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If you lead an active lifestyle, chances are you have dealt with a sports-related injury or two. The best way to prevent injuries before they happen is to work on increasing your flexibility and ROM (range of motion) on a daily basis. We are constantly stressing our muscles, joints, ligaments and tendons and most of us barely do two minutes of stretching post-physical activity. To fortify your body against a variety of sports injuries stemming from hip rigidity, consider adding the powerful pose High Crescent Lunge to your preventative measures.
This straightforward pose will strengthen your quads, hamstrings, upper back and shoulders through isometric contraction of several major muscle groups. As a balancing pose, High Crescent Lunge is a great way to increase hip and core stability and an excellent stretch for the hip flexors, adductors, calves, and plantar fascia. With arms extended overhead and a gentle backbend come from the upper back, it will also help eliminate rigidity in your back, chest and shoulders– I.e. more ROM! This is a great yoga pose for bicyclists and runners as these athletes tend to have notoriously tight hips/hip flexors and inflexible core muscles from static upper body positioning.
I recently took this pose to new heights at Cathedral Rock in Sedona, AZ (see photo above) but you can do this just about anywhere with little to no warm-up so long as you are patient with your body, use your breath to relax into the hips, and are mindful not to crunch your lower back by lifting up and out of the pelvic girdle by taking the gentle backbend from your upper back.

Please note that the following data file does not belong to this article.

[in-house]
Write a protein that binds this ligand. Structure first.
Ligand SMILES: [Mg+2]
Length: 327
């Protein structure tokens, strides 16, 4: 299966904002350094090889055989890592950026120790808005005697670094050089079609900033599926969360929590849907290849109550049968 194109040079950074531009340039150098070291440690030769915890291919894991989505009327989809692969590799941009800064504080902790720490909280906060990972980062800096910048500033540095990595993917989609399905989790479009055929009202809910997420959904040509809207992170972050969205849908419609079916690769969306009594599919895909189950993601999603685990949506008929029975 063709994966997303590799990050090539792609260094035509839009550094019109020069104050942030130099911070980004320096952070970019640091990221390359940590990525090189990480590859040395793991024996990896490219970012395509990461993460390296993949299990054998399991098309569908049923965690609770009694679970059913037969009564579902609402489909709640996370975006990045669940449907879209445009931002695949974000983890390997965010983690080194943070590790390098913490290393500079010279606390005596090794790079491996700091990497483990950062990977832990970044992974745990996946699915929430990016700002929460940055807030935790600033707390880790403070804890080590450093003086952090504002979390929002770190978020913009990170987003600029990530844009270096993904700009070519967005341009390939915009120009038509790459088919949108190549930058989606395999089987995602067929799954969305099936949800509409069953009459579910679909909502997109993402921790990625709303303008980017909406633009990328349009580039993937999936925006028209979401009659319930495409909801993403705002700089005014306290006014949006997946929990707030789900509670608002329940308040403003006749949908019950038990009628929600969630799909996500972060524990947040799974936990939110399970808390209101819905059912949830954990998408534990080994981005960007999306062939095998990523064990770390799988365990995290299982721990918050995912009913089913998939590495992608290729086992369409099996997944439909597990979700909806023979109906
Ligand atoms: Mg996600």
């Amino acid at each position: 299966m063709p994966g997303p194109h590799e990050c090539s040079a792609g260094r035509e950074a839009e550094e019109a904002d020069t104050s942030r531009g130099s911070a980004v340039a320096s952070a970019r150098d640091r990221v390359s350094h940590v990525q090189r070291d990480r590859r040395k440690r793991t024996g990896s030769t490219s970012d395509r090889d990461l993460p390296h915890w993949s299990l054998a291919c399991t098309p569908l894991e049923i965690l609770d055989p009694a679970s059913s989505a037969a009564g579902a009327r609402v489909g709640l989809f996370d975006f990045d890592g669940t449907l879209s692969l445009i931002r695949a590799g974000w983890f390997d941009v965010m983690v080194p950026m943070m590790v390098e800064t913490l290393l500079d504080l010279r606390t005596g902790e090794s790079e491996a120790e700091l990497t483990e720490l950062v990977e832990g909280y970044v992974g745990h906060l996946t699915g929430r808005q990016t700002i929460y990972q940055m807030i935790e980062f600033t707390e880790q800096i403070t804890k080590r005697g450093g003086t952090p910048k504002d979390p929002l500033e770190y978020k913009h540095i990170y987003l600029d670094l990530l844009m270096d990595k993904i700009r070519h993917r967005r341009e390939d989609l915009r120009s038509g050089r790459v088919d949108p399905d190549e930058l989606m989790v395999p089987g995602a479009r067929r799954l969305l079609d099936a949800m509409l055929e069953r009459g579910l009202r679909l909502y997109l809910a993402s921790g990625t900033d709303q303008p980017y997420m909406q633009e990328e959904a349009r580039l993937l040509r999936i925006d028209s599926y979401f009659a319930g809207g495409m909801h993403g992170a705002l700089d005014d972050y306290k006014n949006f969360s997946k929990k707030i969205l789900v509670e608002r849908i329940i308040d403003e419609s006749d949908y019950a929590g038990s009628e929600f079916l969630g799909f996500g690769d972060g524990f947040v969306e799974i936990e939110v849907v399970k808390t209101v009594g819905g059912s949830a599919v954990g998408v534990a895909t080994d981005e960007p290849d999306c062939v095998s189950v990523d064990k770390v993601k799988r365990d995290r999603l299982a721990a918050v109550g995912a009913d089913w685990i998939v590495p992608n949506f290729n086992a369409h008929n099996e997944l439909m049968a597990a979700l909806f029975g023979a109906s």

Here are six easy steps for getting into your best High Crescent Lunge:
1. Begin in Downward-Facing Dog, hands shoulder-width and feet hips-width apart. Step your right foot forward to just inside your right wrist, stacking knee over ankle. Keep your left toes tucked, balancing on the ball of your foot, and make sure that left leg is strong and straight (without locking out the knee).
2. Rise with your breath, bringing your torso upright and arms extending long overhead. Reach through your fingertips to engage your arm muscles, being careful not to tense your shoulders up to your ears. Lift your gaze but don’t crane your neck.
3. Take five deep breaths here. On the inhale, reach as high as you can without changing the height of your hips. Tuck your tailbone, engage your lower abs, and press out through your left heel to enable a sense of lift out of the pelvic girdle. On the exhale, sink lower into your hips but keep your knee tracking over your ankle, wiggling the toes slightly forward if your hips start to open up.
4. For another five breaths, try taking a slight backbend from the middle to upper back—i.e. don’t hinge back from your sacrum. As you inhale, breathe into the front body, broadening the collarbone and sending your sternum high while knitting your front ribs together to keep the transverse abdominals engaged. As you exhale, gradually arch your back, reaching your hands toward the wall behind you. Keep your tailbone reaching toward the floor to protect your lumbar spine.
5. On an inhale, gently lift your torso upright from the backbend, and on an exhale step back to Downward Facing Dog.
6. Repeat steps 1-5 on your left side.
For more yoga poses to help all you athletes avoid injury through simultaneous strengthening and stretching, check out the MOARfit Daily Dozen.